NT centre fighting youth ice use

When 14-year-old Jai talks about horses, his face lights up.

南宁桑拿

“When I’m with them, just standing with them, I feel different, happier,” he says.

“They’re really nice, lovely looking. And when I’m on them, I’m excited, my heart’s beating real fast. Like nervous but excited at the same time.”

It’s a different kind of high for the Year 9 student, who was using ice, stealing and “running amok” in Darwin before he enrolled himself in the BushMob rehabilitation program in Alice Springs a month ago.

The 20-bed facility for youth aged 12-25 takes young people with addiction problems from all over the NT in a 16-week program that includes indigenous equine therapy and bush trips to give the patients a taste for healthy living and making better life choices.

“Most of the kids we get are from communities where there’s been a spike in sniffing, alcohol use, ganja, now ice; ice has crept into the communities,” says program manager Melissa Nichols.

“They’re mostly from disadvantaged backgrounds, there’s been a breakdown in families; they haven’t had a lot of schooling.”

She says almost all of the kids BushMob treats have been through the criminal justice system.

“The way a lot of young people who come through a service like this are looked at, I think it’s a shame people don’t see the bigger picture,” Ms Nichols says.

“These are beautiful young people that come through here, and I’ve met some of the most amazing, incredible kids with bright futures. We need to do more to support them when they leave, and that’s where the fall-down is: they go home to the same circumstances.”

Iasha, 14, has been to BushMob twice before to escape ice in her hometown of Katherine.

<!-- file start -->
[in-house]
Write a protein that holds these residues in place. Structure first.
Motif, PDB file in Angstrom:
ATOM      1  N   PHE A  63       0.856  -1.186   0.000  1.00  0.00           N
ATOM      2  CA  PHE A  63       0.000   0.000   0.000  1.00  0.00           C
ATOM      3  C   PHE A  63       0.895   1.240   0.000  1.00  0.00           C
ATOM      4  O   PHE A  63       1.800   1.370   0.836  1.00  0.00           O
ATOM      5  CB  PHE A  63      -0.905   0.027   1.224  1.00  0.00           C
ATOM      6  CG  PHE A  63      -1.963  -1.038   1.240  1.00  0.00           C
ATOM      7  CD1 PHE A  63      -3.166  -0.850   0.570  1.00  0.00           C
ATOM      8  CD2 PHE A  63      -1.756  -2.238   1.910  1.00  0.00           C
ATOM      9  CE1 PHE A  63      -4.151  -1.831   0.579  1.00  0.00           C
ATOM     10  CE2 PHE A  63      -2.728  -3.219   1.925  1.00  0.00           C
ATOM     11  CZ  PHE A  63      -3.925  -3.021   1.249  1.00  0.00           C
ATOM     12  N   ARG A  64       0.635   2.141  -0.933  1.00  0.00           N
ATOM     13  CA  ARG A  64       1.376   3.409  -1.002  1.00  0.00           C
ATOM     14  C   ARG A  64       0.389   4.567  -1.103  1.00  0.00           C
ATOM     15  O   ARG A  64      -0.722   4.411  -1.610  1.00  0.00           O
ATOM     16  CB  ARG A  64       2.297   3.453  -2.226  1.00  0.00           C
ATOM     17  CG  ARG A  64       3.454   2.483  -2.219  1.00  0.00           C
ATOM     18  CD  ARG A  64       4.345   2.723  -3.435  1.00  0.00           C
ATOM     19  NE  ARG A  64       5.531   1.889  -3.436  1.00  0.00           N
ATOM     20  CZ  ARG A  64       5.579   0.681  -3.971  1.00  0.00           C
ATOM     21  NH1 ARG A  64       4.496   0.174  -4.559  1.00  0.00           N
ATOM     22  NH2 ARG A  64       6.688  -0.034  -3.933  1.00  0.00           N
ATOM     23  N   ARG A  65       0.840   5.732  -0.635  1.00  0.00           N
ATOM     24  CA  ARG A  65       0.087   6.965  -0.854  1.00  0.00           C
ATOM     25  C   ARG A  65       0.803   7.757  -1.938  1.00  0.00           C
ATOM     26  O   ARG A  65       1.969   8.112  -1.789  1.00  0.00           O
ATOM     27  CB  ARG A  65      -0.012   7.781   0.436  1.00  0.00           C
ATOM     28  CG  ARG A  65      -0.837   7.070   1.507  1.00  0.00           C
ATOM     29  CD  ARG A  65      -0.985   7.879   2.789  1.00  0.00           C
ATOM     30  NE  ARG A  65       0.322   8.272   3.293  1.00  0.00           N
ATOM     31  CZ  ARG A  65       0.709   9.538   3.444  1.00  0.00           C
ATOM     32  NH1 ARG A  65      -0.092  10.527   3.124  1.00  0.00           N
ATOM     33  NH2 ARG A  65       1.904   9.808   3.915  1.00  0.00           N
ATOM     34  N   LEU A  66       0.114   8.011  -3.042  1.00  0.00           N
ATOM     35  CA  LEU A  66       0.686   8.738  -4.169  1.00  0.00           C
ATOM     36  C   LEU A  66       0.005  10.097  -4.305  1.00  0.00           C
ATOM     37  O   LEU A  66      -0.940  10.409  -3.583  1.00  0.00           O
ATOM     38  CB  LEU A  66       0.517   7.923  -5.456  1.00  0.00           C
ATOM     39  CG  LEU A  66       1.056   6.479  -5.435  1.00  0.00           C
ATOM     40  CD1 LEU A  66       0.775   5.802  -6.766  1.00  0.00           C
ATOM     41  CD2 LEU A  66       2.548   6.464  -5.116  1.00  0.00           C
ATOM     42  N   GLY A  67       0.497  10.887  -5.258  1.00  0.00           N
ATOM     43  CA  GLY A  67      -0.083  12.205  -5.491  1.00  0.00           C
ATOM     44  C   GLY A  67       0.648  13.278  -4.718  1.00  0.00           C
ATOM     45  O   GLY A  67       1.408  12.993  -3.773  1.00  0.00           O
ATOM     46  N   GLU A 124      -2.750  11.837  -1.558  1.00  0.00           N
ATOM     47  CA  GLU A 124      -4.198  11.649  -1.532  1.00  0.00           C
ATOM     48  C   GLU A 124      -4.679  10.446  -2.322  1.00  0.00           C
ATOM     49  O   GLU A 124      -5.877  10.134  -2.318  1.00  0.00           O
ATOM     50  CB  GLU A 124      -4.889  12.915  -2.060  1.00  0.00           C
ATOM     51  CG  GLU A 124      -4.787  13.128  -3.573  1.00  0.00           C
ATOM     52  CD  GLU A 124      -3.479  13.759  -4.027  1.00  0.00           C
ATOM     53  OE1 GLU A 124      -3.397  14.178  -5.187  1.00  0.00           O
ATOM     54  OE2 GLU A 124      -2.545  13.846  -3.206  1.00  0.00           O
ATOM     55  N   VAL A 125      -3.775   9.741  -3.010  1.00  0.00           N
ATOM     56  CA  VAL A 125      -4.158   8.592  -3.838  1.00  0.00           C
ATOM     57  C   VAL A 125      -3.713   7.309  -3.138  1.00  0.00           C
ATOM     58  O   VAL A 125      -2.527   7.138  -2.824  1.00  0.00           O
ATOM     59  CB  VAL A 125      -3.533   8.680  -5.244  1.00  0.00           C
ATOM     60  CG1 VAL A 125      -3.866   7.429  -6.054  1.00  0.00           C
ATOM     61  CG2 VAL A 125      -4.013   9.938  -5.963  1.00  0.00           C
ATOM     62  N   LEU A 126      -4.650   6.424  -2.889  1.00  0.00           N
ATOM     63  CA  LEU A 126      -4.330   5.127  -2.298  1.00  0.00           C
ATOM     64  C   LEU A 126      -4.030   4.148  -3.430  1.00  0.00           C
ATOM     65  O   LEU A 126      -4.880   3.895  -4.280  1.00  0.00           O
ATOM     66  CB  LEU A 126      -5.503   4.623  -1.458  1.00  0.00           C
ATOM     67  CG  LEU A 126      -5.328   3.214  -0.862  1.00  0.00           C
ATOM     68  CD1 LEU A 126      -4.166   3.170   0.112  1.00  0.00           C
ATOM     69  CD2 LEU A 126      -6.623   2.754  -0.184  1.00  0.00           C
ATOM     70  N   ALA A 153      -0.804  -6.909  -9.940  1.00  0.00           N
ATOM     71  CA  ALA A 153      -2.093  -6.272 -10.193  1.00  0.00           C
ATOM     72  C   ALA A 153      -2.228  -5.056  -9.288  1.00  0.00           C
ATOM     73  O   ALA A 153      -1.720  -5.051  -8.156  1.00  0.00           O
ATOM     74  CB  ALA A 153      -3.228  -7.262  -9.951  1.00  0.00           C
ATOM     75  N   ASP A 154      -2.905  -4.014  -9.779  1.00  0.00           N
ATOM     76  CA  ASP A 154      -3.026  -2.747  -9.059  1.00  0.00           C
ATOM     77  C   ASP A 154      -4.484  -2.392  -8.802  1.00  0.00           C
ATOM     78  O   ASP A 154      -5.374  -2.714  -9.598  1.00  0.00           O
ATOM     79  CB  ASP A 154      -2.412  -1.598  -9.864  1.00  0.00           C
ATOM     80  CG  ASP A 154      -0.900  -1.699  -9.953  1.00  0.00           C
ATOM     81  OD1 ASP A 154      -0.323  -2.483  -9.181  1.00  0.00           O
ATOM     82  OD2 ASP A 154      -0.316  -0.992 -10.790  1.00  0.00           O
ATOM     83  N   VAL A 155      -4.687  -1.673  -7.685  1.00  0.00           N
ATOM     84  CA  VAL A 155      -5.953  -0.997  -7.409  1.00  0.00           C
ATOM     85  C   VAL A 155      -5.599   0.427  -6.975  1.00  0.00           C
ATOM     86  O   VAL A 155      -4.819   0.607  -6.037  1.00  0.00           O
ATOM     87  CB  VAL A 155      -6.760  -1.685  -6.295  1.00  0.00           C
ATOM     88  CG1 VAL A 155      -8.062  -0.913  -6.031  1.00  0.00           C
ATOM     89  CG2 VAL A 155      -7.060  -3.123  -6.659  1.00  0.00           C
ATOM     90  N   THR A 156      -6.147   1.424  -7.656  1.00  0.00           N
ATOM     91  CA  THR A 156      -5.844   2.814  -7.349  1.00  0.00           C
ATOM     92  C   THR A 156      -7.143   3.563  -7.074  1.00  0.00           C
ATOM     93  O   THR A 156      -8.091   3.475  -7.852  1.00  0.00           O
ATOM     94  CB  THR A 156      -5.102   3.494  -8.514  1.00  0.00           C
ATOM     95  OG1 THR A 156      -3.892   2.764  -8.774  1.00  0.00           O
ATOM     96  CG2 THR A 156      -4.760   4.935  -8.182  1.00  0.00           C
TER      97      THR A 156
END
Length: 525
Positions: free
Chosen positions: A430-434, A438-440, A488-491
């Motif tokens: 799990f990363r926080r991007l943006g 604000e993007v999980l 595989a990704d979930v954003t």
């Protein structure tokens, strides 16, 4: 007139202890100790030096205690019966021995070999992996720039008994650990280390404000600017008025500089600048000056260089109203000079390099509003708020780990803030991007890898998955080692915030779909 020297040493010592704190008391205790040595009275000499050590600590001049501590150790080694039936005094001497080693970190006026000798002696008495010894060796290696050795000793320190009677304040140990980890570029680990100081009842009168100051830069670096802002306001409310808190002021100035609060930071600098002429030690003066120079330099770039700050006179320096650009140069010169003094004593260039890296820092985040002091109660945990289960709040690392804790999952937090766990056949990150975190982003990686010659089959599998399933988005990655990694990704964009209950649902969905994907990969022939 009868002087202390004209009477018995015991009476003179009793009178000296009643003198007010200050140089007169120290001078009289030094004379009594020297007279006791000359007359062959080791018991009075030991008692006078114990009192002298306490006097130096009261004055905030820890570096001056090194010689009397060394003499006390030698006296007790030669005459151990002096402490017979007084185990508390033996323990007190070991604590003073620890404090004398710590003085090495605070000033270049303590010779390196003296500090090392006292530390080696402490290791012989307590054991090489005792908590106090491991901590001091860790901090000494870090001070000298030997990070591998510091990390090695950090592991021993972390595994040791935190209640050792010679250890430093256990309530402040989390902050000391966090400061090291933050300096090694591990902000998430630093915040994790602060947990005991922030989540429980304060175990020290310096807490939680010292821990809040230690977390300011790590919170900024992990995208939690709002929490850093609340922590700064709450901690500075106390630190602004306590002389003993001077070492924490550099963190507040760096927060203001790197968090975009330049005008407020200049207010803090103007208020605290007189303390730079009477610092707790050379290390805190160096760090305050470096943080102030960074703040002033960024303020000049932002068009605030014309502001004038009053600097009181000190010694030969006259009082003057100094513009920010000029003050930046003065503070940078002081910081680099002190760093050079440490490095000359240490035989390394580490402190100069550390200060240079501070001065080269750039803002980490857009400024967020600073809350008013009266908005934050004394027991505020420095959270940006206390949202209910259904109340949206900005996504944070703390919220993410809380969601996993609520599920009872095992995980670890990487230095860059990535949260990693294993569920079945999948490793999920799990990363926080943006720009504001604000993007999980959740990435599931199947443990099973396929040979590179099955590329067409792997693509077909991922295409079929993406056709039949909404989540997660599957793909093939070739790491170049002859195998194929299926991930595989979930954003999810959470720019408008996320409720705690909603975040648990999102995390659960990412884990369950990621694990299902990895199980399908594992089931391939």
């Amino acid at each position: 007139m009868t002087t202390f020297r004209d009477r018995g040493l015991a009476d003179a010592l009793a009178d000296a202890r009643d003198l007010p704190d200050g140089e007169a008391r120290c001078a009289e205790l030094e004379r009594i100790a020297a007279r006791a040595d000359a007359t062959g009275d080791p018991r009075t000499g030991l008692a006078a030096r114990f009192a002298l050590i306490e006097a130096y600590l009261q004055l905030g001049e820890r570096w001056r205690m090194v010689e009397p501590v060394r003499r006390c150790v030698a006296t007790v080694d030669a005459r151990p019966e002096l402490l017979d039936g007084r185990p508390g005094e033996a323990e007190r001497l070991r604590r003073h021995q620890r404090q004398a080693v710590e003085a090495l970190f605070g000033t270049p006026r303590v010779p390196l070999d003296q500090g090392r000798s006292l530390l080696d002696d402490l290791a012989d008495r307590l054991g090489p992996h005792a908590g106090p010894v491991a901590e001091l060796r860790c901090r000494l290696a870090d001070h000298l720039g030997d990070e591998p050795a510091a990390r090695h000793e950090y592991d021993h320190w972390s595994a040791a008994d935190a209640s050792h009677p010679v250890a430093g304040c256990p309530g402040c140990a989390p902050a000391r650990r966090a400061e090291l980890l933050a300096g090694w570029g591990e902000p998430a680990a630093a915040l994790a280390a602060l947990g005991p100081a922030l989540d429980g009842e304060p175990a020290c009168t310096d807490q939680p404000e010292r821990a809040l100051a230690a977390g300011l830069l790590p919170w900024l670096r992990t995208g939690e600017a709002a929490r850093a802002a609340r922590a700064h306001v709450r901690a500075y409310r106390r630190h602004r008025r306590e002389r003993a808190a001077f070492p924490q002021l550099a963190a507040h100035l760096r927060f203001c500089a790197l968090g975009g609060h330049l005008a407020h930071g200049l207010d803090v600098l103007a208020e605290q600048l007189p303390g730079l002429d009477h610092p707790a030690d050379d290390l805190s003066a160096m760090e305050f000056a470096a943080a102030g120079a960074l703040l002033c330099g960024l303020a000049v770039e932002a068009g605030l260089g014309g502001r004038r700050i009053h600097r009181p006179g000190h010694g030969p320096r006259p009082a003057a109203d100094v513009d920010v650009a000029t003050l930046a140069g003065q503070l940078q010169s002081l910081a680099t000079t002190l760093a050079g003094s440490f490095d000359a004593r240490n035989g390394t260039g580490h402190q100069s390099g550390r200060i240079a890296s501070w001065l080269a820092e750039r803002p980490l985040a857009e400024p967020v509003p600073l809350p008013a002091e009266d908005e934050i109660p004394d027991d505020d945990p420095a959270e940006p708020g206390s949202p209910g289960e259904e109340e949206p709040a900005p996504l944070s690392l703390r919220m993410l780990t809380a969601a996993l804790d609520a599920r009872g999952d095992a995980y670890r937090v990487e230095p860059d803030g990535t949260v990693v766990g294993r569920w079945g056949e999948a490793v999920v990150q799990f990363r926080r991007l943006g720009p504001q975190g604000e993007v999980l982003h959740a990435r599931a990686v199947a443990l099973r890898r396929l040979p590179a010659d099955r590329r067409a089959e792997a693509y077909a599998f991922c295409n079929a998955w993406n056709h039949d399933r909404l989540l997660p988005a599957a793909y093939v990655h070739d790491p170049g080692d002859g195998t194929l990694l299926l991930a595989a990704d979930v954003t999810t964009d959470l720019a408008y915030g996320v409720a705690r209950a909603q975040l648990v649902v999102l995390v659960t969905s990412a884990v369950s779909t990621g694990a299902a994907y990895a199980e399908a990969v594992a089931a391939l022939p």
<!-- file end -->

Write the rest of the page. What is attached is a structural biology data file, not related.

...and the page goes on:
“I realised it’s not good for you, and I don’t want to do it anymore; being back home, it’s really hard because all my friends do it and I just can’t stay away from it when I’m there,” she said.

“I feel healthy when I’m here, I feel safe … Every day you do something new instead of sitting around getting high with your friends.”

She says the program has helped her learn to communicate better, and has improved her relationship with her family.

“The first time I came here and I went home I improved so much: my attitude, the way I was towards my brothers and sisters; before, I wasn’t able to do that,” she said.

“But when I went back for a week I sat down with my mum, had good conversations. My little sisters never liked me and then all of a sudden they just loved me, they wanted me to be around, they didn’t want me to go.”

Ms Nichols said that although most of the young people who go to BushMob have alcohol problems, ice is on the rise in communities.

“Ice is going to be massive, it’s going to be absolutely devastating,” she said.

“You’ve got young, vulnerable kids that don’t have anything on their agenda but boredom and they don’t have any self-esteem, those kids, so it’s going to get really hard.”

She says the centre is hearing more from remote communities that the marijuana young people are smoking has been laced with ice.

For children aged 11 or 12 that poses an even greater risk.

“It’s the immediate addiction and the damage it does so quickly,” Ms Nichols says.

“The longer you’re on it, the less choice you’re going to have to get off it.”

For Iasha and Jai, now in recovery, the future looks promising: both want to finish their schooling and find work.

Iasha has aspirations of becoming a model, or working in Katherine to support her mother.

When Jai finishes the program, he said his family has offered him a traineeship in Darwin working as a youth wildlife ranger between the NT and Western Australia.

Ms Nichols said success was difficult to measure.

“Its always little things, that’s success,” she said.

“Success is when a young person turns around and says thank you… (when they) feel they’ve been appreciated for that small token, that builds a lot of esteem inside a young person.”

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